As a result, the tariff (or tariff) may vary depending on the technology, location (for example. B the roof or prince of the ground for photovoltaic projects), the size (residential or commercial scale) and the region. [1] Tariffs are generally designed to decrease over time to track and encourage technological change. [4] As of January 1, 2010, state laws have authorized owners to sell excess electricity to the distribution company. Previously, the owner had not received credit for overproduction during the year. In order to obtain the California Solar Initiative (CSI) rebate, the customer was not authorized to install a system that is deliberately over-produced, which promotes the installation of efficiency measures after solar installation. This overproduction credit has not been made available to some municipal customers, namely Los Angeles Water and Power. In April 2012, 263,274 facilities received a total of 1,152,835 MW of FiT payments. Of this total, 260,041 were devoted to photovoltaics for a total of 1,057,344 MW. [124] Payments are valid for 25 years. A typical photovoltaic installation, which costs $7,500, pays in 7 years and 8 months and generates $23,610 over 25 years.

[125] In February 2009, councillors in Gainesville, Florida, approved the country`s first solar feed-in tariff. [55] The program has been limited to 4 MW per year. In 2011, Gainesville increased solar power from 328 kW to 7,391 kW, or about 1.2% of peak power (610 MW). [130] The program was suspended in 2014 after more than 18 MW were installed. [131] The feed-in tariff was not available in Northern Ireland. Instead, he had a scheme called NIRO (Northern Ireland Renewable Obligation) that you could claim if you install solar panels. You must contact your electricity distributor to get the feed-in tariff. If you sign a contract with your electricity distributor, you must be informed of the amount you pay for each kW/h exported. Ontario introduced a feed-in tariff in 2006 revised in 2009[53] and 2010, from 42% per kWh to USD 80.2/kWh for microeconomic photovoltaic projects (≤10 kW)[55][55] and 64.2/kWh for applications received after July 2, 2010. The ones before that. The application took until May 31, 2011 to install the system to obtain the higher rate. [56] The Ontario FiT program includes a rate plan for large projects up to 10 MW of solar farms at a reduced price.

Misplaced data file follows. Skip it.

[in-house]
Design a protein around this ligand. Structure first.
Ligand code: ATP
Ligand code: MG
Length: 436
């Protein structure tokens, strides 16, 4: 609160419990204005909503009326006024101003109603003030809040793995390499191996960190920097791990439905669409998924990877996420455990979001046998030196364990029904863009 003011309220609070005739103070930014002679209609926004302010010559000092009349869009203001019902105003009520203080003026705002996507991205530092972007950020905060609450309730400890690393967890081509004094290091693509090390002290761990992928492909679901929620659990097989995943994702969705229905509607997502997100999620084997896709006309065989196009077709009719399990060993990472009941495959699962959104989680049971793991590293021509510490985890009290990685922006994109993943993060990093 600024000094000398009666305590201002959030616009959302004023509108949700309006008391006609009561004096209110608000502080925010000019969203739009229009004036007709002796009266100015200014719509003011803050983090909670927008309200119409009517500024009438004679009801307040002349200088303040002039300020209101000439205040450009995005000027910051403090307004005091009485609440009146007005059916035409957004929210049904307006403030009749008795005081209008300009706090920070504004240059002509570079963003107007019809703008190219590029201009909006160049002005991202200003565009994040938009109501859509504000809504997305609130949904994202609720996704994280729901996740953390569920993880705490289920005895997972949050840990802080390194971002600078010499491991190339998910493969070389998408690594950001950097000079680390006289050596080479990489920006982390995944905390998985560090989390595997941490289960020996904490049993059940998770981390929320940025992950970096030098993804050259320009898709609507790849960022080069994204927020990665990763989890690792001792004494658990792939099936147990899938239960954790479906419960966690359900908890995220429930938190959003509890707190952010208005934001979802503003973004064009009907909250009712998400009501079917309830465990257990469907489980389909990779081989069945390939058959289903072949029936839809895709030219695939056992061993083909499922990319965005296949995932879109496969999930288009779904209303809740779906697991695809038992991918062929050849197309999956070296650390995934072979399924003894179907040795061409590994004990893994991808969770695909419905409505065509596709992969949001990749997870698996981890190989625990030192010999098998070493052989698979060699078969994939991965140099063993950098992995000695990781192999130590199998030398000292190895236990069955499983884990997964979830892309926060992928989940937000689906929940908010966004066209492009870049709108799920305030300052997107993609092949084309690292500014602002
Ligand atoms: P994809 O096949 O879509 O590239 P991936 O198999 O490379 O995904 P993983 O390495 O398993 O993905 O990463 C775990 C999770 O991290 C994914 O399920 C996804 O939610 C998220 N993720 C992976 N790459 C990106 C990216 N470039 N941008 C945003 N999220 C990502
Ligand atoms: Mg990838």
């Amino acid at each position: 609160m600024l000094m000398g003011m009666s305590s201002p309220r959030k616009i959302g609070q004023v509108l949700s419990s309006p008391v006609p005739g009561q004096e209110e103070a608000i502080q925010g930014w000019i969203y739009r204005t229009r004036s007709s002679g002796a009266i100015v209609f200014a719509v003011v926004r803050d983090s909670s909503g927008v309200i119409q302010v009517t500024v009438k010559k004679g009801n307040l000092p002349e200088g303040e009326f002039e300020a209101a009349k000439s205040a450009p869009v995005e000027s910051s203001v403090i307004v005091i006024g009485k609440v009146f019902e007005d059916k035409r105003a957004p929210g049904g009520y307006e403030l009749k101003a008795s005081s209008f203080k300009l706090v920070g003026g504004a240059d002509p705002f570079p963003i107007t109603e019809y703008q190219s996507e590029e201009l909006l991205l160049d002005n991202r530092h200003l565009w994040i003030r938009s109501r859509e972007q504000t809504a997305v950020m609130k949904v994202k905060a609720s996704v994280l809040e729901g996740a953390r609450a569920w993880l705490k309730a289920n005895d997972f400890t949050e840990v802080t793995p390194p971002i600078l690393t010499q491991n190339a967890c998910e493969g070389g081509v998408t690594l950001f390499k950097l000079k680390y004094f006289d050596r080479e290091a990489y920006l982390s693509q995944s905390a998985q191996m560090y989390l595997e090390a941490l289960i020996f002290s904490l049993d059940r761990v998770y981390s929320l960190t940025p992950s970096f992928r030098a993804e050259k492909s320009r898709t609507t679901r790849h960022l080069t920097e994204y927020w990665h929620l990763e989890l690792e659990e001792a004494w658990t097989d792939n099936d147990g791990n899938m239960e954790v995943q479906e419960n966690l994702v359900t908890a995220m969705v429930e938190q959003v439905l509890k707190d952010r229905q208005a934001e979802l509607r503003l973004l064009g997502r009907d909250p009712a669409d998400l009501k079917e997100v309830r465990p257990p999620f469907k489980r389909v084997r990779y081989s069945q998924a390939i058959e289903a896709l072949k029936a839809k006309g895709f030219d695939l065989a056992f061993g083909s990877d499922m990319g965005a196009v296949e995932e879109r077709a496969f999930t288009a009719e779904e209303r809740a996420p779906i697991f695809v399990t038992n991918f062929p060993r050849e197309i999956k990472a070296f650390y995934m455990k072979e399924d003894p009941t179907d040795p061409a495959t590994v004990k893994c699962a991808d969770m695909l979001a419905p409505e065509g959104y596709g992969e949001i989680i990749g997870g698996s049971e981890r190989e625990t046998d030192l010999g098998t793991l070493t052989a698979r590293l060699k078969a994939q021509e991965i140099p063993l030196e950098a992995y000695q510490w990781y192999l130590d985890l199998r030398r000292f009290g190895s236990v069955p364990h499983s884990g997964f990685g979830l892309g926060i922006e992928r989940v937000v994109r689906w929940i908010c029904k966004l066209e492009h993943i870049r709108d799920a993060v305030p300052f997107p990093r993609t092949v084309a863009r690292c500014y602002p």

In April 2010, several hundred projects were approved, including 184 major projects valued at $8 billion. [57] In April 2012, 12,000 systems were installed and the rate fell to USD 54.9/kWh for applications received after September 1, 2011. [58] [59] The 2013 price plan revised solar energy prices to 28-38 usd/kWh. [60] Feed-in tariffs are considered necessary to promote renewable energy sources in the early stages of development, when production is often economically unenforceable.